Something Resembling Life


The less they notice about you and your emotions and the less the will notice your absence…..

Pour the whiskey…Part II

If you read my previous post you may somewhat understand my frame of mind and why it has taken me a few days to revisit that part of my life. I hear the bullshit phrase “get over it”. I may never get over it, move on, learn lessons, empathize with those that are related to me because of the common bond of alcohol, but get over it???

So the next step father was Leo. He was a nice alcoholic. A business man. I always thought he was the nicest one of all of them until several years ago in therapy when we were going through my step fathers and I mentioned him. I told her that he was the nicest, that the only thing he did was get drunk and take us out flying in his plane. I remember looking up at him from the small seats in the back and him telling my Mom he was going to fly us into the mountains and kill us all. That was nicest step father I had. My therapist was mortified. It wasn’t until then that I realized how damaging he was too. Many years later at lunch with one of my step sisters she confided he did that to all of them. Some how I don’t think he did. I think maybe she was comforting me…she also made it very clear that everyone felt bad for me because of the life I was raised in. They weren’t married long, he was the sickest of them all because of the alcohol. We had to visit him in a hospital in Washington where he was sent to dry out. He finally reformed and lived until a couple of years ago. He had to have been in his 90’s. I went to his funeral to sit with my sissy’s. I love them, he gave me three good sissy’s.

There were two more step fathers after these, fortunately I was old enough to take off at this point. One divorced my Mom shortly after he found out she didn’t have the money he thought she did. We spent Christmas Eve in a local casino. I was under age but drank and gambled. The other wanted a nursemaid  and they divorced after a family member ruined that. She hasnt been married since, had a few boyfriends…but has been alone for many years now. She was damaged at some point. We finally have a semi decent, functioning relationship. It was part of my healing process to confront her about the things in my childhood. It took her 3 weeks to read the longest and hardest letter I have ever written a person. She cried and apologized. It’s never been mentioned again. These men are no longer mentioned. And I told my brothers…I told them all about my childhood. It was only then that the one that is 19 years older than me confided she did the same shit with them and always put them after her boyfriends. My brother who is 20 years older will not speak of his childhood. She fucked us all up and we turned out pretty fucking amazing. I was the only child between my parents. A product of an affair, which I am pretty sure she was paid to leave town and remain quiet. Whew….the secrets families keep….you never know how deep the pain runs. We were children. Just children.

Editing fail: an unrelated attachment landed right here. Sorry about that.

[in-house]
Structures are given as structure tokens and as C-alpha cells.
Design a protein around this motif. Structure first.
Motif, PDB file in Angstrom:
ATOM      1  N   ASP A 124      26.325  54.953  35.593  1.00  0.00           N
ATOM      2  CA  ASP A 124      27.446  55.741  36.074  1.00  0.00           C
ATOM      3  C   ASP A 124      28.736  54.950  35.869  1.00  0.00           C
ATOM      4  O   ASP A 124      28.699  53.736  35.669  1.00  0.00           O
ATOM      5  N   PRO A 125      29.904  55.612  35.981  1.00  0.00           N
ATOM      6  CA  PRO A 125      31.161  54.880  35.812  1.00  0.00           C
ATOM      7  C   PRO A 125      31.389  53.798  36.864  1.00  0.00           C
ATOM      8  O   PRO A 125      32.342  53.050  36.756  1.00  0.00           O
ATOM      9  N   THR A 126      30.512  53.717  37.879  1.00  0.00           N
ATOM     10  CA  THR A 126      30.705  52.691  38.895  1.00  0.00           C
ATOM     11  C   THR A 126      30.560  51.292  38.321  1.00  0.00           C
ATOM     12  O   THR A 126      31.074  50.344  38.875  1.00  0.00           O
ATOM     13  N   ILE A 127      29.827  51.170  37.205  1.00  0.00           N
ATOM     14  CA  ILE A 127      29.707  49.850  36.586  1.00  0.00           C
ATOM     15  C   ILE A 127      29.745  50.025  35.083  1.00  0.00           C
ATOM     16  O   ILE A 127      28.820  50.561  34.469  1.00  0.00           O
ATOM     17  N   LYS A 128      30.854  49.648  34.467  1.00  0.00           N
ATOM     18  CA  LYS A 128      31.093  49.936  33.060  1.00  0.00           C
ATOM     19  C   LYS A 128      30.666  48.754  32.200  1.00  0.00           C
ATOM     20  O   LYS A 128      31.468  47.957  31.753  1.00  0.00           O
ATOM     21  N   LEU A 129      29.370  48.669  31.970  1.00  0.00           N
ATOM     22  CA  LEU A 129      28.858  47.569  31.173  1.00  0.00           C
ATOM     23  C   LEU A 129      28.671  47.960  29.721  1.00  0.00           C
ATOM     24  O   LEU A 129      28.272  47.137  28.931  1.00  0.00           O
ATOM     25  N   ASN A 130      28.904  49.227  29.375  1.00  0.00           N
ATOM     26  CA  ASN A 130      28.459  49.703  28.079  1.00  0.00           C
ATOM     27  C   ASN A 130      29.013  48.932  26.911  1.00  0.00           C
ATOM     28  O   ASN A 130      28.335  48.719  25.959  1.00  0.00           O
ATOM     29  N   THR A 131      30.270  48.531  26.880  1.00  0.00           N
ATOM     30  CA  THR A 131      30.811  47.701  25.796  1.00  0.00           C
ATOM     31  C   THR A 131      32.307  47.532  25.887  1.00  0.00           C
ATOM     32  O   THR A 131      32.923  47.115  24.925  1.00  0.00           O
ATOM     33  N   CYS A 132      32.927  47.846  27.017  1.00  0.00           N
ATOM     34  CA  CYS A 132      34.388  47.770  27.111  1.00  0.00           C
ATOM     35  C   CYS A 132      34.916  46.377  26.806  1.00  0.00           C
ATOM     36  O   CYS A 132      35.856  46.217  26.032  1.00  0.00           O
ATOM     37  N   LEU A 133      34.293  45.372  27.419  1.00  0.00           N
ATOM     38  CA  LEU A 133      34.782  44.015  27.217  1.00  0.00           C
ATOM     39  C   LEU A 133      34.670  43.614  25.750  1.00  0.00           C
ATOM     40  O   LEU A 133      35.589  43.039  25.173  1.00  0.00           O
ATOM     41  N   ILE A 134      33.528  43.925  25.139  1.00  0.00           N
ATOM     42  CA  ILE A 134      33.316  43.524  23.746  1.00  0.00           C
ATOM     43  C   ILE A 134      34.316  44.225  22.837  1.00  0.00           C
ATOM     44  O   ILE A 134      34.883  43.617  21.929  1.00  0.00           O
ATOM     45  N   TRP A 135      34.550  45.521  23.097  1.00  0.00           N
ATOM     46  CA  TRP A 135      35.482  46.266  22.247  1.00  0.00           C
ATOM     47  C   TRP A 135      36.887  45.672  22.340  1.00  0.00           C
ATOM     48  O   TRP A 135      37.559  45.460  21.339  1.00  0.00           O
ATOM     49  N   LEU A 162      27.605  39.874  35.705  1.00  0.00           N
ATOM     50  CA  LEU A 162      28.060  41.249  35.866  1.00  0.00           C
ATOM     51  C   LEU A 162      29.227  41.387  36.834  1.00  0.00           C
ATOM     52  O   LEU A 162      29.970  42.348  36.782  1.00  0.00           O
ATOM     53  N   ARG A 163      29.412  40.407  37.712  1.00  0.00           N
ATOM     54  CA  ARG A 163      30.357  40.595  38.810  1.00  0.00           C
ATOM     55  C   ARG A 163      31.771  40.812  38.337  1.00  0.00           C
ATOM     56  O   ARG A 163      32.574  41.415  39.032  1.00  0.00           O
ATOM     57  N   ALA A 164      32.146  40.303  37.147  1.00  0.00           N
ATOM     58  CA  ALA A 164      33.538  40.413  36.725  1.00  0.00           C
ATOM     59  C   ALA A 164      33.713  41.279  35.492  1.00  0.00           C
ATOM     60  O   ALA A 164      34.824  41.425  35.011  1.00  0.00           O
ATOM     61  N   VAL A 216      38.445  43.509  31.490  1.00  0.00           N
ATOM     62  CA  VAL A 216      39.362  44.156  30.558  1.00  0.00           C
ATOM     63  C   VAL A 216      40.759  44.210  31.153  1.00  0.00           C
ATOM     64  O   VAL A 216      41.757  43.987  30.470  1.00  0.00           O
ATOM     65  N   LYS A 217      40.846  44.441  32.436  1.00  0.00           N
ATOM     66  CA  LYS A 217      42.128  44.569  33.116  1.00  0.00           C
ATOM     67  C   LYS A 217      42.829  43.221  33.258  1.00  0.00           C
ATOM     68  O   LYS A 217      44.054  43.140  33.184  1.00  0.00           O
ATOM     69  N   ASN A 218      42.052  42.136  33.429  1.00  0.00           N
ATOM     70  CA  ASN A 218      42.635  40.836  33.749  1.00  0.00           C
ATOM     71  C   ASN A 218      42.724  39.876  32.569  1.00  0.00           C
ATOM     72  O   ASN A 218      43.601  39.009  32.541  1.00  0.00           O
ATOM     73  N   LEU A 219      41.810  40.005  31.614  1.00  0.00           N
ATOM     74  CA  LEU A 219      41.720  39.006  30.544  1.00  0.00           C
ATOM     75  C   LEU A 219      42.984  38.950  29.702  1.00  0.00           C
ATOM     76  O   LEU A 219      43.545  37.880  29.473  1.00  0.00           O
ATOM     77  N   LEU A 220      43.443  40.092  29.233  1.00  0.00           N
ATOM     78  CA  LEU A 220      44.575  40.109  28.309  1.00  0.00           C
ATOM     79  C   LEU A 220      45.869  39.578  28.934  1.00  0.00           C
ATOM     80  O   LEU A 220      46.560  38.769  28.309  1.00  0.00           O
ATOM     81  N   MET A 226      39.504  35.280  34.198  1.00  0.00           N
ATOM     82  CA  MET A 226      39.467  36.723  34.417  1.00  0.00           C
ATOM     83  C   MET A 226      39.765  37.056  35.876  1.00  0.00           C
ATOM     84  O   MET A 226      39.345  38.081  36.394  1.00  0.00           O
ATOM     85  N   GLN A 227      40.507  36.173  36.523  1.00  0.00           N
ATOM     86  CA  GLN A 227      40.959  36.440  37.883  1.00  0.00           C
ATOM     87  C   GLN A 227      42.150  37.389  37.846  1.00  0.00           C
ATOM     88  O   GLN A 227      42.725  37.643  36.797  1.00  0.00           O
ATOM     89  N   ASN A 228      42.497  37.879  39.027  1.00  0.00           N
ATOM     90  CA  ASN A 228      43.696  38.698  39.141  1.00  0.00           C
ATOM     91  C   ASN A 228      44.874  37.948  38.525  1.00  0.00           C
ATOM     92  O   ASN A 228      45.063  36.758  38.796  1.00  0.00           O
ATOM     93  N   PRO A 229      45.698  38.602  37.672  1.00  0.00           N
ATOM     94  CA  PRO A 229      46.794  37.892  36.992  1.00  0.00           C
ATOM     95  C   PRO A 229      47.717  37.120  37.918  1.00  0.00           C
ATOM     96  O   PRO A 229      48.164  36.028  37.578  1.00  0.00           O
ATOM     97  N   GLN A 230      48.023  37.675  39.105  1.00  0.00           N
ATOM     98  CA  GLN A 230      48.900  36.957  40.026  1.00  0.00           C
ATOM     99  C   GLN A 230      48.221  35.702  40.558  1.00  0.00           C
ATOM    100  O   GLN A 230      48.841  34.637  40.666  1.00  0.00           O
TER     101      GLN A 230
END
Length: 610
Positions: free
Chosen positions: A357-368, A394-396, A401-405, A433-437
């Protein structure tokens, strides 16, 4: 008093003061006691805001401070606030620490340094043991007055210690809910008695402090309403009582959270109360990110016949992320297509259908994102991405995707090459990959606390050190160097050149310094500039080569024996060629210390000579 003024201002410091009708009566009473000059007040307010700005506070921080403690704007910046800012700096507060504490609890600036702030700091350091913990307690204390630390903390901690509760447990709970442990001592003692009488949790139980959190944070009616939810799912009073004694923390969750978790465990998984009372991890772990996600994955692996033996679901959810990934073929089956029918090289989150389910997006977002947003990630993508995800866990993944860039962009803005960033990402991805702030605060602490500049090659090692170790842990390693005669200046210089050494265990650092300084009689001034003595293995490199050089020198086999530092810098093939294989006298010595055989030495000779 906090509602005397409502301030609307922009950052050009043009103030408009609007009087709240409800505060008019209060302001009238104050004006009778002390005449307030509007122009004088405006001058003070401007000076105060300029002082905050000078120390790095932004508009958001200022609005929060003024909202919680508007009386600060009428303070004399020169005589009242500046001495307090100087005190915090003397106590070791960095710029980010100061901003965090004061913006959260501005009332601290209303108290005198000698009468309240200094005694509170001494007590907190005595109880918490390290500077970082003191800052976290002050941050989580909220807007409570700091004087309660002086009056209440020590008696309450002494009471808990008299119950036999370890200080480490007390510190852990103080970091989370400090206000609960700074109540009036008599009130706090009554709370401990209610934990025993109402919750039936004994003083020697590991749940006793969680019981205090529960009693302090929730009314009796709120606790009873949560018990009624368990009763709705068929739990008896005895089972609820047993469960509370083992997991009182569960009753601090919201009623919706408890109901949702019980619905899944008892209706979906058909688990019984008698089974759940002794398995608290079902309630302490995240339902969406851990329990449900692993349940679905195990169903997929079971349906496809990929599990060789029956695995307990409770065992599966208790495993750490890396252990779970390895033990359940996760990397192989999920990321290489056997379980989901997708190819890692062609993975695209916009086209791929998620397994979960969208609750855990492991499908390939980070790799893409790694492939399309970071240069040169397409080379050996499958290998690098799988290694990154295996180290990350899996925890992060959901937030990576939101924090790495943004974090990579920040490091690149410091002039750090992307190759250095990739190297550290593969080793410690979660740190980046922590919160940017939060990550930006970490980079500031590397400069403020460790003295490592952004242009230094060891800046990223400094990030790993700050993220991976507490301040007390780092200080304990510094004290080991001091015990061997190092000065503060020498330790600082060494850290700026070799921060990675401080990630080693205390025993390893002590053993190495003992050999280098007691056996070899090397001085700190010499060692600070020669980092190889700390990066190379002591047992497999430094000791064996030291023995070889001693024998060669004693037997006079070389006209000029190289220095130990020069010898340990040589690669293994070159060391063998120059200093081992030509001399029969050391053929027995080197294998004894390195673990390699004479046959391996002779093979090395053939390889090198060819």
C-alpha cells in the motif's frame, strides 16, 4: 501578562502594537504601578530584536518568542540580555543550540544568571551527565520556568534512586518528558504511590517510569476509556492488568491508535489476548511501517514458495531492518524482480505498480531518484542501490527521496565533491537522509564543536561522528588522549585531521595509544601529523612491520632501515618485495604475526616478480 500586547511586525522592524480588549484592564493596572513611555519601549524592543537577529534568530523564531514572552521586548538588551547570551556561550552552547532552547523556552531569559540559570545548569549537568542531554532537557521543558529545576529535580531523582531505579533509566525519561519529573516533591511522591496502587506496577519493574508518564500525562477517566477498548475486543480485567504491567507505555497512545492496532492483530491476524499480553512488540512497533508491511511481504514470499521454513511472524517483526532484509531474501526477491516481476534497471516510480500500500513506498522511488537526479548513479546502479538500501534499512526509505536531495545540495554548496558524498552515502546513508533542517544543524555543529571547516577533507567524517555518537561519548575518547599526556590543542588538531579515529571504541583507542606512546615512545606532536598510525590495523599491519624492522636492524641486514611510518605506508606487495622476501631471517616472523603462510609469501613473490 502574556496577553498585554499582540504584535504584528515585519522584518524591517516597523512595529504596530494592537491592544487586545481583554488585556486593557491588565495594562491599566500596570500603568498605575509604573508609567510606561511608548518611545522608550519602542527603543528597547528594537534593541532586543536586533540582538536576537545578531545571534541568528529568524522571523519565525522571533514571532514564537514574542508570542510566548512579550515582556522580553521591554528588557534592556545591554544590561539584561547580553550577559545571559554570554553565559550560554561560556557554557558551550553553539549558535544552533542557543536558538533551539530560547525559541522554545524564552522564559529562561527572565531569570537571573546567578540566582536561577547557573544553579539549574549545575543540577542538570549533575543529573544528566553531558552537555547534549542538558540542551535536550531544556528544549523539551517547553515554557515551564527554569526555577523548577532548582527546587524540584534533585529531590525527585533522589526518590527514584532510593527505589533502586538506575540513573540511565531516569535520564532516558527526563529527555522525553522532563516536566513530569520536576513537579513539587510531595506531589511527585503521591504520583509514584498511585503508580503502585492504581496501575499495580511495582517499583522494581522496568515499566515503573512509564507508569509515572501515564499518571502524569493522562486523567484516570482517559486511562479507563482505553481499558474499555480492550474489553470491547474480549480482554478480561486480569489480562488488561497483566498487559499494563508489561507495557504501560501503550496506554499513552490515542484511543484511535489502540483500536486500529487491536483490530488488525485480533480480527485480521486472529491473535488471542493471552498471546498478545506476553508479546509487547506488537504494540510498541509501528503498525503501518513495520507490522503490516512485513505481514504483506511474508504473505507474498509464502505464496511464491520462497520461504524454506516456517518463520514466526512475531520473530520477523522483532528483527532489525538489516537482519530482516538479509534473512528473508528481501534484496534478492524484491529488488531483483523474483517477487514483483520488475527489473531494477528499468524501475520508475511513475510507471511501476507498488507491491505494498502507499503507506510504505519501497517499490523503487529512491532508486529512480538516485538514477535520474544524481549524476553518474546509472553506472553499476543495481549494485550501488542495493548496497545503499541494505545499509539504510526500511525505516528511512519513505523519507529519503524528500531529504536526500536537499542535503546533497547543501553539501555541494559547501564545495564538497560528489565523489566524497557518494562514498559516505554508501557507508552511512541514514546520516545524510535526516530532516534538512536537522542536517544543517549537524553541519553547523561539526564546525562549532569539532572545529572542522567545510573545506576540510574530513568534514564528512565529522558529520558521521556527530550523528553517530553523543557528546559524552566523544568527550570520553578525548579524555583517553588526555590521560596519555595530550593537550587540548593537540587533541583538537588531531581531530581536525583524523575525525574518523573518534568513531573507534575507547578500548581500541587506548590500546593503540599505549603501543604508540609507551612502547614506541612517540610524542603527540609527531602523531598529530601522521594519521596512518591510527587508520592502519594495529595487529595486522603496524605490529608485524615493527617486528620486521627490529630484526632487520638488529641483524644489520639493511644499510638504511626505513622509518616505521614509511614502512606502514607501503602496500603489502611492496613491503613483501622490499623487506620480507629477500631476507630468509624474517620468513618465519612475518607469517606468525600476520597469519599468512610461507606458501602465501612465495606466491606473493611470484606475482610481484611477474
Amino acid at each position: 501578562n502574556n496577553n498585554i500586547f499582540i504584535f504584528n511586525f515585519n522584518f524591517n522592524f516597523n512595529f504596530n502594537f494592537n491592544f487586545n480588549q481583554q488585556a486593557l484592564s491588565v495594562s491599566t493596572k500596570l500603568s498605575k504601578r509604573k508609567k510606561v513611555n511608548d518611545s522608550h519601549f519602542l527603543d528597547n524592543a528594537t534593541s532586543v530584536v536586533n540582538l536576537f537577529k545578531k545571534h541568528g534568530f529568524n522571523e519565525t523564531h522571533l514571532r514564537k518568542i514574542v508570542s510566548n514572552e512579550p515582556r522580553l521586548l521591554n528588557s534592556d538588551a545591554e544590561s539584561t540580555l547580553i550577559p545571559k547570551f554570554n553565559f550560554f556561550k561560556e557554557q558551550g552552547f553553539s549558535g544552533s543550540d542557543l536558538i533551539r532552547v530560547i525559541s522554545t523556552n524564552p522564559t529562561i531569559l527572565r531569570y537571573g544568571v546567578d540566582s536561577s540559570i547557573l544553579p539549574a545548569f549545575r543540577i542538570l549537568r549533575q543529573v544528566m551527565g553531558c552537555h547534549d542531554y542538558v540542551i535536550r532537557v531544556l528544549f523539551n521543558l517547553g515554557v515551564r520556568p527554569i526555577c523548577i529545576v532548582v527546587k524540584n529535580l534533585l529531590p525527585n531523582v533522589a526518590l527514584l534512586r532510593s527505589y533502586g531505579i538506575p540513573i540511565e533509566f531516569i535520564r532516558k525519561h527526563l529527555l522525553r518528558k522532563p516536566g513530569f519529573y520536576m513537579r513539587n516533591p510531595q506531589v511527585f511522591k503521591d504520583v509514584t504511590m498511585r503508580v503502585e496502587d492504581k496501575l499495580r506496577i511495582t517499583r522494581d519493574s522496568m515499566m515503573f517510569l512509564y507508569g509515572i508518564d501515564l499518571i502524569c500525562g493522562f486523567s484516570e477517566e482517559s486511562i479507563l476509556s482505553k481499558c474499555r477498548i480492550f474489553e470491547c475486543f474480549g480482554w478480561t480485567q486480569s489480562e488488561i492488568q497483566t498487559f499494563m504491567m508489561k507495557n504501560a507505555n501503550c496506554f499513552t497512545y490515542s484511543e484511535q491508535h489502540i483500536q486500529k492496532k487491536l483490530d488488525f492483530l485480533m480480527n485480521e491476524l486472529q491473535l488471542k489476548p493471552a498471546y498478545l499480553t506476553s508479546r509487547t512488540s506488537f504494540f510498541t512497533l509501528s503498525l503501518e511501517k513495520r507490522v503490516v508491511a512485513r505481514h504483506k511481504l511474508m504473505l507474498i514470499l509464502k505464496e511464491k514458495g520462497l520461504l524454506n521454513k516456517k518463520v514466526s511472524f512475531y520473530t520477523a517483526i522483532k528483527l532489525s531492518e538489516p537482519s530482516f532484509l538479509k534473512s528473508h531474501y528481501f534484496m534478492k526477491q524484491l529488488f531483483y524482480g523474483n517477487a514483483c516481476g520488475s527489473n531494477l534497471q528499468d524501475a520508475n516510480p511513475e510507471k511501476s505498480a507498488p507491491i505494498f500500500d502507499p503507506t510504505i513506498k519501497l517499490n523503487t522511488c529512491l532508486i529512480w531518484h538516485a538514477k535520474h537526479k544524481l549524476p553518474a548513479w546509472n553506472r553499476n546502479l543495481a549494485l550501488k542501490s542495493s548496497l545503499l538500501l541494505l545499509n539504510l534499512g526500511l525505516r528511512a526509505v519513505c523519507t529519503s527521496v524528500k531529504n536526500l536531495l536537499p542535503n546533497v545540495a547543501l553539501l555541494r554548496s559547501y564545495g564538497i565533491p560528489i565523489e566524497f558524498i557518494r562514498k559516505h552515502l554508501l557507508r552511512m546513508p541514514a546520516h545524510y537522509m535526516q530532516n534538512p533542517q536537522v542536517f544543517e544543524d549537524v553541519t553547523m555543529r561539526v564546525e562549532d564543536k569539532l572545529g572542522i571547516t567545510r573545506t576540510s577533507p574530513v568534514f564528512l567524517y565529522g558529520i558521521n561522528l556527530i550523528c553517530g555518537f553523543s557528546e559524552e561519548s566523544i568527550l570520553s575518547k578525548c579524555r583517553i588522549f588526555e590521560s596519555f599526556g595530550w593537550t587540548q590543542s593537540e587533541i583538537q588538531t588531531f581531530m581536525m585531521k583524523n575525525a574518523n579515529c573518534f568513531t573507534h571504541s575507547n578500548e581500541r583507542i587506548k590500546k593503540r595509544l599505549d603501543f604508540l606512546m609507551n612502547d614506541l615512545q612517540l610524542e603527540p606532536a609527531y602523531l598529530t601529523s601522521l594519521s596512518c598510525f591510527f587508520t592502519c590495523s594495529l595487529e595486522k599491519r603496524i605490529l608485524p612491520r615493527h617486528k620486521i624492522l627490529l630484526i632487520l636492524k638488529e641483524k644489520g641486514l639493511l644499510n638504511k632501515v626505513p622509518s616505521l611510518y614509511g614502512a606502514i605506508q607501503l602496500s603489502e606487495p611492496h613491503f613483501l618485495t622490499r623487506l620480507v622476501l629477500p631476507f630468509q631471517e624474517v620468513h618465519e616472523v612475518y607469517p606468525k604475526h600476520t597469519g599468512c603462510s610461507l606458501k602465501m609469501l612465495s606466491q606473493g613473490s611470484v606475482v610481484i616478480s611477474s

So…be 12 and realize you are not wanted any where….even your own fucking biological father never showed up and maybe then you might consider that it’s not weak to want to die. Be 12 when the drunk comes home and your mom is out, and you know he keeps a gun under his pillow. Be FUCKING 12 while you and your best friend lie on your bedroom floor and he tries your door. Be 7 and an alcoholic is sexually abusing you or you are being abused at a local daycare. If you saw the horrors (many graphic details I have left out or toned down)  I saw growing up and even empathized in the smallest way you MAY reconsider your rigid thoughts. I think what angers me most is that people think things just go away. I am amazed that I love the way I do, that I give people chances and that I take risks to love and have friendships. These people taught me how you aren’t supposed to be treated. In what some may consider a fucked up thought process I feel they taught me how not to treat people…I give what I have never had. Sometimes to my own detriment. I have also learned that not everyone who drinks will hurt you and that it is okay to drink in moderation and with people you feel comfortable with. So I have learned a lot.

Smile at that person next to you in line, or observe the child who plays alone at the park, or be kind to the troublesome child. Always, always be kind, you never know where people like us come from.

Peace..every, every day

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Alcoholism Part 1

So, as I was trolling social media tonight I came across and interesting article. If you have time, and it interests you, please take a look at it.

I grew up with alcoholic step fathers. Several. None were nice or fun. I am not even sure where to start expressing my thoughts on this subject, my mind is racing with memories. I never knew the adults in my life were alcoholics, that’s how normal alcohol was for me. I was maybe 7 when I tasted Wild Turkey for the first time.

That is what Fred drank.